It's a wonderful world we live in – you can work out just about anywhere. There are gyms, back yards, decks, lounge rooms, parks…did I say gyms? So why, I wonder, do so many men feel the need to work out in children's playgrounds?
I see it all the time: shirtless guys bogarting children's play equipment so they can fit in their daily chin-up routine while kids sit nervously in the nearby sandpit, afraid to approach the swings near the strange man.
I mean, I get it: there are bars to pull yourself up on, poles to push against, and beams to balance on. It's like one giant free gym for dudes who don't want to pay for a gym – except it's not; it's for kids.
When I took my three children to playground near our house last week there was not one, but two separate men working out on the kids' equipment.
My children were understandably wary when we approached. My seven-year-old daughter clung to my leg, swearing she had no desire to play and only wanted to cuddle. My nine-year-old son stayed close, using only the cubby house that was right next to us, and not going near the bars and swings where the men were heaving and sweating and grunting.
My 15-year-old son mumbled something about wanting to be on his phone which, to be fair, he probably would have done anyway.
But the point is the atmosphere was uncomfortable. My children felt like they weren't free to enjoy the equipment. And these men didn't move an inch to allow for the fact that children had arrived to use the playground equipment for the purpose it was originally designed: play.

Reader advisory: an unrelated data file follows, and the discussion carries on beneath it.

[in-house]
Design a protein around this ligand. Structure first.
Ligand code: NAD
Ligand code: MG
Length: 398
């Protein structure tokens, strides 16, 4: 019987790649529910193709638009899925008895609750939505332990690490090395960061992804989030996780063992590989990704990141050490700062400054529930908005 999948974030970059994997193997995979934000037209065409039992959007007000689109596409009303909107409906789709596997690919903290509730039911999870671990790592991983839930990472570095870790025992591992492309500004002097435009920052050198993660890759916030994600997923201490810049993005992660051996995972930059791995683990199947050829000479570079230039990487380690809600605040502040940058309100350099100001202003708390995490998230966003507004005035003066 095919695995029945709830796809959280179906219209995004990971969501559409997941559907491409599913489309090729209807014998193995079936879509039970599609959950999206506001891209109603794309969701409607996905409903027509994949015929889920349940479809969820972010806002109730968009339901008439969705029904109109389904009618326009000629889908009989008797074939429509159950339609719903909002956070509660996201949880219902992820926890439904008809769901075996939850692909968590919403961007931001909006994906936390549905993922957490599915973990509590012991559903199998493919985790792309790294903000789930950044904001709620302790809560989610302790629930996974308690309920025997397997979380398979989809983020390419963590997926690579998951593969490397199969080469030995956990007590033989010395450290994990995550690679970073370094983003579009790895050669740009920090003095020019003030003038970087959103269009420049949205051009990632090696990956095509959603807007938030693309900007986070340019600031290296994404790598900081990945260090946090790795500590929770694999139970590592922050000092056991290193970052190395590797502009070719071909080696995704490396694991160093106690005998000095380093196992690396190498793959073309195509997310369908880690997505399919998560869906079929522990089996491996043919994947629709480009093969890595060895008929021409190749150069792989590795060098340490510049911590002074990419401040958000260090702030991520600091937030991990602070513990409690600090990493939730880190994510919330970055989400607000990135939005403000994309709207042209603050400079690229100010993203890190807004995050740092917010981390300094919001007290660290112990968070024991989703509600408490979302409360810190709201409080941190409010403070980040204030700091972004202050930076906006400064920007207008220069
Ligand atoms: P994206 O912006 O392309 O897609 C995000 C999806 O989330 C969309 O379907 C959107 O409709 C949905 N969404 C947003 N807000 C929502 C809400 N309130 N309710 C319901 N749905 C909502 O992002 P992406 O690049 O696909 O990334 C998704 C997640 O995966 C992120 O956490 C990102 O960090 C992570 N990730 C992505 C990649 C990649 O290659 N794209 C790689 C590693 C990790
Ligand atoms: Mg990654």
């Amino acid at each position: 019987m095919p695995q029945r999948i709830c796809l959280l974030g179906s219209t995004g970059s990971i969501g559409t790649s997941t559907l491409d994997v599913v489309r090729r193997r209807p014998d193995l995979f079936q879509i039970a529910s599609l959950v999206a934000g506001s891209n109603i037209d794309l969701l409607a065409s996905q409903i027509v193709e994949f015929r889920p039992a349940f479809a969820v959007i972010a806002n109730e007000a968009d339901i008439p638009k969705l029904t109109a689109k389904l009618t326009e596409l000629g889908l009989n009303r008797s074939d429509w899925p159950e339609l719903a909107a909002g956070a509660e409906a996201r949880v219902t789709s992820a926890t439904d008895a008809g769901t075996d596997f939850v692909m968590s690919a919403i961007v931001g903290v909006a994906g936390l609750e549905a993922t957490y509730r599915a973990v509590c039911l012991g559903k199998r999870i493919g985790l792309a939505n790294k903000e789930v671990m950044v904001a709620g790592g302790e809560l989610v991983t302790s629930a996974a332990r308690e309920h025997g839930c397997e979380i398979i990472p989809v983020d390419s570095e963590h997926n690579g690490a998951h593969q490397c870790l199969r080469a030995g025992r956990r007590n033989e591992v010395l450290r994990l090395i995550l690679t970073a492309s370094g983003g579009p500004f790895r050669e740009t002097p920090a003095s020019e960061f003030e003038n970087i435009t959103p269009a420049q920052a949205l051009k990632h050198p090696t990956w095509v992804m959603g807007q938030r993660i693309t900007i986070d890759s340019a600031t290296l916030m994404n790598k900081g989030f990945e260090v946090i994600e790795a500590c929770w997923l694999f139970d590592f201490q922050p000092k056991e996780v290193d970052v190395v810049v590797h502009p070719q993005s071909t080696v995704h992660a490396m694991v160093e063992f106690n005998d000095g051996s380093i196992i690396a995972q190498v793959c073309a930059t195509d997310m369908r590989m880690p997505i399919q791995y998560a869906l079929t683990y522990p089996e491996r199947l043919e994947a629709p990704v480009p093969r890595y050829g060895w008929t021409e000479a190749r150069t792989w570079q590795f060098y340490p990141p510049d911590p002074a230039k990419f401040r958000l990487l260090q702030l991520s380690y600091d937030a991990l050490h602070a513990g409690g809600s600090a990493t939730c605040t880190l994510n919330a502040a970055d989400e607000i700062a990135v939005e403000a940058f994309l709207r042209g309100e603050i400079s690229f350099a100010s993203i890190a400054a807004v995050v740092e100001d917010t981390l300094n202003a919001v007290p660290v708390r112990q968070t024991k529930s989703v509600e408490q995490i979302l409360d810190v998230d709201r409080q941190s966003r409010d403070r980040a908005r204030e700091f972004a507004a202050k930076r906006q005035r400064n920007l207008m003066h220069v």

So, outrage of all outrages, I had to put down my keep cup full of earl grey that had just reached the right temperature and go and play with my children (which is never my intention when I take my kids to the park). Only having me right there with them made them feel comfortable enough to explore and have some fun.
Even with me, the children avoided the apparatus the men were using. And the men in question made no eye contact, no effort to smile or acknowledge our existence, and certainly no effort to move out of the way – which only added to the feeling of intimidation as they grunted through their no-doubt important sweat-sesh.
Each of the men was fit and strong and muscular – and could probably crush us with his bare hands if he wanted to. And I guess the point is that I feel like the onus was on them to show that they had no intention of doing that. And perhaps moving out of the way and letting my children play in peace.
Don't get me wrong: this isn't about whether those guys are nice guys or terrible humans my kids need to steer clear of as a safety issue. And it has nothing to do with #NotAllMen or painting men with the same scary brush. It's about children feeling comfortable enough to play at a playground – which is precisely what playgrounds are designed for.
Not 500 metres down the road, there is a park with gym equipment, and as the children and I walked home in the late afternoon, not a single man was using it.
Surely these men could have worked out there, or anywhere else for that matter, that wouldn't intimidate small children and make them feel like they can't play. Not to mention allowing their mother to sit down and enjoy a cup of tea in peace.